Welcome to Mothercare

Coping with fatigue, anxiety & depression after birth

Coping with fatigue, anxiety & depression after birth

There is a lot to adjust to when you have a baby. The experience of giving birth can be physically and emotionally draining and it may take you some time to recover. At the same time, you have to look after your new baby. For first-time mothers there can be a tremendous amount to learn. It is little wonder that you sometimes feel anxious or worry that you are not doing things right. You may be concerned that you are not producing enough milk to feed your baby or that his endless crying is your fault.

While you are faced with these new challenges your body is getting back to normal. This means that after getting used to having high levels of hormones for the past 9 months you are now plunged back to normality with a sudden drop in hormone levels - and it can sometimes feel like being hit by a brick wall. You may feel more weepy than usual, irritable, moody, unable to make a decision, sleepless at night, depressed and not feel much like talking.

These feelings are all quite normal and as you get used to looking after your baby you will gain confidence, and any feelings of anxiety you may have had will subside. As your hormone levels get back to normal you should also feel less emotionally volatile and able to cope with day-to-day stresses and strains.

Throughout this adjustment phase it is important to keep things in perspective. Don't try to do too much. Probably one of the most important things you can do to help yourself is to get together with some local mums who have had babies at the same time and talk about your worries with them. You will probably find they are going through the same anxieties as yourself and that you all feel exhausted. But talking and finding that you are not the only one who feels this way can really help you realize you are not going mad. There are various groups who can put you in touch with local mums and you can arrange between yourselves how often you want to meet.

Here are some tips on getting through the first few months and adjusting to your new role:

  • Get enough rest. Sleep when the baby sleeps. Being tired can lead to all sorts of problems. You can become irritable, anxious and moody if you lack sleep.
  • Accept that your standards around the house may have to drop temporarily while you deal with more important matters - like getting enough sleep and looking after the baby.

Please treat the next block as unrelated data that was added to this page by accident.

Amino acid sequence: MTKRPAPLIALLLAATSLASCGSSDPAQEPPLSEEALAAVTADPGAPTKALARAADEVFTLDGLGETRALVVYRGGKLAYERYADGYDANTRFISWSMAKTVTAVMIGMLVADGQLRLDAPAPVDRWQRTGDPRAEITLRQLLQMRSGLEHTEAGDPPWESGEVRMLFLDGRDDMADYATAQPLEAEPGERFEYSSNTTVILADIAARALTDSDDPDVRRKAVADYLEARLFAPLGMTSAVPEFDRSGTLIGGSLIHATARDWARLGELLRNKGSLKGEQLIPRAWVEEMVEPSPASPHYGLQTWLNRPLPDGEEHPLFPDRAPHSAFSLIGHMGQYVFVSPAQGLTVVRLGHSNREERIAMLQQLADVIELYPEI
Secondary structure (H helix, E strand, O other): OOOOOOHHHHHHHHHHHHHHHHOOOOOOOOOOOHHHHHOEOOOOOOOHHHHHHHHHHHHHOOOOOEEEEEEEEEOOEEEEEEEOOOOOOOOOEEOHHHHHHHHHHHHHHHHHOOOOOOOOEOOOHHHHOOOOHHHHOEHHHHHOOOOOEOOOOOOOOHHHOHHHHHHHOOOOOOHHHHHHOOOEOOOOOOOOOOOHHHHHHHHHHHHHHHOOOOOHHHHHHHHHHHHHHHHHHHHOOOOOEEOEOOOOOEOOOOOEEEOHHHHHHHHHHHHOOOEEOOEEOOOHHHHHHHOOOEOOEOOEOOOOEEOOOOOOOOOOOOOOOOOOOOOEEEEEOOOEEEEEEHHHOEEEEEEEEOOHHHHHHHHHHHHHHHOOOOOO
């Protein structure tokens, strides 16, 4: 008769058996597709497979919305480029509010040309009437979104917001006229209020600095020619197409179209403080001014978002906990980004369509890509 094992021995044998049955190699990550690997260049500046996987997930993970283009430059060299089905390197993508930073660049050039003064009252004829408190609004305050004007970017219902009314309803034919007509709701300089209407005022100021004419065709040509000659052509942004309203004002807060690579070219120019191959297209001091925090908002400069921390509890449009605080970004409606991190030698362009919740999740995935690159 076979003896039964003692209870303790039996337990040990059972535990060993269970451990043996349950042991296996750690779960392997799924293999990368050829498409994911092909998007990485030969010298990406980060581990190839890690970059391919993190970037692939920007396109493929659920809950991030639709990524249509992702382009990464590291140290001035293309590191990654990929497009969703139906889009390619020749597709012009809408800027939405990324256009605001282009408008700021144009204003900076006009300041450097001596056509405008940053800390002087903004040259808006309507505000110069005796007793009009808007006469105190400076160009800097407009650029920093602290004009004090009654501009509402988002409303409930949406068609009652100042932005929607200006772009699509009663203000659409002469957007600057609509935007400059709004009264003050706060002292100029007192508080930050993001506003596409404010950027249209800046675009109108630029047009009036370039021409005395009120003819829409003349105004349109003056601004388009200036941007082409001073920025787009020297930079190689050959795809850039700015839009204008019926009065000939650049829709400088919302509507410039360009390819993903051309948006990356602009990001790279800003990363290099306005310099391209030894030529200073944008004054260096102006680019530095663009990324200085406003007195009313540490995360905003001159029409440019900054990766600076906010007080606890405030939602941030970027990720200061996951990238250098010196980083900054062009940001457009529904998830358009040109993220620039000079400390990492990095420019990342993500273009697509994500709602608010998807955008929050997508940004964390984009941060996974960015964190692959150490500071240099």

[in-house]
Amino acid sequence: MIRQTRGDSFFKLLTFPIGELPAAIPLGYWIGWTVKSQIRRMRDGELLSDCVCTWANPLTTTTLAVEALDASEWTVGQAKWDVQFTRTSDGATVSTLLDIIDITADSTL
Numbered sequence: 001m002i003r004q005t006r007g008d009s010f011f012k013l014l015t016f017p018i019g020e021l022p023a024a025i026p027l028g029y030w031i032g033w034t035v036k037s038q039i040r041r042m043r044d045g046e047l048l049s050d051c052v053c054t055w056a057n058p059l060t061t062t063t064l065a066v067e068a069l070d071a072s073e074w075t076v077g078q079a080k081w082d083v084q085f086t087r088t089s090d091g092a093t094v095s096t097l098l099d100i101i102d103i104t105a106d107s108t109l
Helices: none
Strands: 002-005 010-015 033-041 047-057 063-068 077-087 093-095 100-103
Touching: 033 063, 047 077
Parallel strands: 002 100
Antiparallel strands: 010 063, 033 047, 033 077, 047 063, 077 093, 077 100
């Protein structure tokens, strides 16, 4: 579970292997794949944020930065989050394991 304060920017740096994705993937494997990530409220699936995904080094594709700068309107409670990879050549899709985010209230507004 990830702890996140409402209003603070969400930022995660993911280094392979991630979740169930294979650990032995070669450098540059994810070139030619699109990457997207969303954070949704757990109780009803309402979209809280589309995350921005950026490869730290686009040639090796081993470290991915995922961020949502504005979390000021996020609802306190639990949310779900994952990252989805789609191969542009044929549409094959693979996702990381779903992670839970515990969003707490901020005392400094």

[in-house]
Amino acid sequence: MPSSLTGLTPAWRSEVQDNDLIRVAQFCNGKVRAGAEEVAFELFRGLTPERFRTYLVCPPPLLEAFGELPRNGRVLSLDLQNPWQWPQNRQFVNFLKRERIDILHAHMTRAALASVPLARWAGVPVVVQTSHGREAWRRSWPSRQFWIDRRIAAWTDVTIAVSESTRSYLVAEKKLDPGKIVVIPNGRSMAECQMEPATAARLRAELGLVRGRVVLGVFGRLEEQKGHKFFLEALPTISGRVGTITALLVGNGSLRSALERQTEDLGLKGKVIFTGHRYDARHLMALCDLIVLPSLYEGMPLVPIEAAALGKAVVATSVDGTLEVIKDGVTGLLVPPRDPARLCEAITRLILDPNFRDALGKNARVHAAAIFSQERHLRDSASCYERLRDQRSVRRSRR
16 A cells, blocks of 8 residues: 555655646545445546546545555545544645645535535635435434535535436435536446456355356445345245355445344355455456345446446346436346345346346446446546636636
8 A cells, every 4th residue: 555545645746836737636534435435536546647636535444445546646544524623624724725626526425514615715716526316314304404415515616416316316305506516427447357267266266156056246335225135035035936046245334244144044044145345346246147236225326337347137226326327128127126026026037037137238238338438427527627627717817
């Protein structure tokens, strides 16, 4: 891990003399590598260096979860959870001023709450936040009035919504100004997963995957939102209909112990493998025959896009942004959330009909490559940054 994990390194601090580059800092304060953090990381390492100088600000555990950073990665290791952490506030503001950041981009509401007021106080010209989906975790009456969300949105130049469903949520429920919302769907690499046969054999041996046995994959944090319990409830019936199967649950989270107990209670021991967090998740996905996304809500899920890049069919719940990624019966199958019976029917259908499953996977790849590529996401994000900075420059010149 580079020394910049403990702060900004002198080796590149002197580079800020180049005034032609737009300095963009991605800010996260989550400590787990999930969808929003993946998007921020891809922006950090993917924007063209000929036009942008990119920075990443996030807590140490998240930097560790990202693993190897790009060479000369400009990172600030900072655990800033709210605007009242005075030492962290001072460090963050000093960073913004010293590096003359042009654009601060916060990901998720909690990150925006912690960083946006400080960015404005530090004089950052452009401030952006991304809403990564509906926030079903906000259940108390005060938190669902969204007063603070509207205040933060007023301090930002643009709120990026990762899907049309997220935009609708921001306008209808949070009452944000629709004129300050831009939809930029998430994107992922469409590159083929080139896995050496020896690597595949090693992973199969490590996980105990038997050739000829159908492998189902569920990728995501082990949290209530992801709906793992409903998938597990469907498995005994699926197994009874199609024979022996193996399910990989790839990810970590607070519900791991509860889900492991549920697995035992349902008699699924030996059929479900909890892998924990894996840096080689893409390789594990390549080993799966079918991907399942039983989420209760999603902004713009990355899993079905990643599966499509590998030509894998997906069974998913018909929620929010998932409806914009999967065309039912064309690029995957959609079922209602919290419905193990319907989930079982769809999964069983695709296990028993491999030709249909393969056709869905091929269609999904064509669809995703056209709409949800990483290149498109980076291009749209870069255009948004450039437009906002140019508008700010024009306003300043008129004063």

• If possible have someone at home to help with chores for the first few weeks.
  • Put your own needs and those of the baby first. If you don't want any visitors then say so.
  • Get some good information about looking after a baby. Find a few trusted books you like the style of and stick to them - try not to overwhelm yourself with too many books and magazines. Too much information can be confusing and make you feel flustered.
  • Try not to do too much that requires physical effort in the first few week after giving birth - let your body recover.
  • If in doubt ask an expert. Midwives, your GP, health visitor, your mother or friends with children will be only too glad to give you advice if you have a concern. Don't be afraid to ask.
  • If you feel really down and depressed for more than 2 weeks you may have postnatal depression. Don't let it rumble on. Go and see your GP or speak to your health visitor about it without delay. Prompt treatment can help you recover more quickly, but ignoring symptoms will only make them worse.
  • Don't compete with others in your situation. We all have our own way of doing things. Just because your neighbour had her figure back two months after giving birth doesn't mean you have to.
  • Don't worry if your maternal instincts don't kick in immediately. Some women fall madly in love with their baby as soon as they see it him or her, but for others it can take days or weeks. Allow yourself time to develop feelings of love, protectiveness and caring for your new baby. If this is your first, it's a brand new experience and may take some time to get used to.

Try not to forget that you have been through a life-changing experience and nobody would expect you to adjust to your new role in one go. Take it easy and just enjoy being with your baby. Take time for yourself and have a long bath, go for a walk or just have a lie down - enlist your partner or a friend to look after your baby for an afternoon. The most important thing is to look after yourself!

If you are feeling depressed, tired or overwhelmed after the birth read gurgle.com's articles on Mental wellbeing with a new baby and stressed out new mum as well as postnatal depression.